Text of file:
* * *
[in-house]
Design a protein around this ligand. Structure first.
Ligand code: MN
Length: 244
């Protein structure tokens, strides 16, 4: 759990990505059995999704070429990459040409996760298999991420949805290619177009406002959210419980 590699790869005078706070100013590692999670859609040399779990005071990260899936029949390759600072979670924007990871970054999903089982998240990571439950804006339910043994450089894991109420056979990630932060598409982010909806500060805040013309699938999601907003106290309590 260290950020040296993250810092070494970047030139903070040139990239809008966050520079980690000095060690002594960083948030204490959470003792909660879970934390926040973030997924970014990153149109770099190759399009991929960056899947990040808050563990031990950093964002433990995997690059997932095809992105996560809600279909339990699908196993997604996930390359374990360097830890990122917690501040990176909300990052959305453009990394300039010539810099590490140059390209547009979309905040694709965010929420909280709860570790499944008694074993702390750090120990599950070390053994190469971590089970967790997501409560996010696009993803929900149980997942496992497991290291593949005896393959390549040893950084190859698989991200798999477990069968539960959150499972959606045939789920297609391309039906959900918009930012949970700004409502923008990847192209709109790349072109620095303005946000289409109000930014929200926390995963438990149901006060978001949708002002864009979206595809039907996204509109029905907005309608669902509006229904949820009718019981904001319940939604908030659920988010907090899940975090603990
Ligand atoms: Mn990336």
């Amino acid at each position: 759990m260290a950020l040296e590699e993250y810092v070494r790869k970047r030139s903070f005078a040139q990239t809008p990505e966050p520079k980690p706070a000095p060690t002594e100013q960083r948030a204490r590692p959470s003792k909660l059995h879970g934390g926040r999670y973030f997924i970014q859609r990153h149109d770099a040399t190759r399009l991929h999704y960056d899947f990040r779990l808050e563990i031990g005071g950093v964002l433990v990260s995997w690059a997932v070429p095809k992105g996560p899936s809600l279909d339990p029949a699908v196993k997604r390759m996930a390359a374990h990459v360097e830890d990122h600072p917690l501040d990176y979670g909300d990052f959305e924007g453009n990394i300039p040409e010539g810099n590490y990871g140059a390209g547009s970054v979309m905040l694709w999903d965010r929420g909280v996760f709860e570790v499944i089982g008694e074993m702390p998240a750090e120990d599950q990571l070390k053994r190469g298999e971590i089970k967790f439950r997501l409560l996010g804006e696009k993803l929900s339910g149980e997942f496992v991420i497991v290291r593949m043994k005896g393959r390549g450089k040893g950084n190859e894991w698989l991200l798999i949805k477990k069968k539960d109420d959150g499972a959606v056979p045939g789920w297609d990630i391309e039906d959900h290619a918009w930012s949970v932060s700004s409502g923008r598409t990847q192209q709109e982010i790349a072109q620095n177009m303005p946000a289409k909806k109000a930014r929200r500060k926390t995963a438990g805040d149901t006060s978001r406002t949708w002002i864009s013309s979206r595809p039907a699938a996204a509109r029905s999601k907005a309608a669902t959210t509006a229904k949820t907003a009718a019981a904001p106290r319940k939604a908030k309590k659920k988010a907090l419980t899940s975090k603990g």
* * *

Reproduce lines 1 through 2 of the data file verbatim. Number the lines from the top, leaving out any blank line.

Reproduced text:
[in-house]
Design a protein around this ligand. Structure first.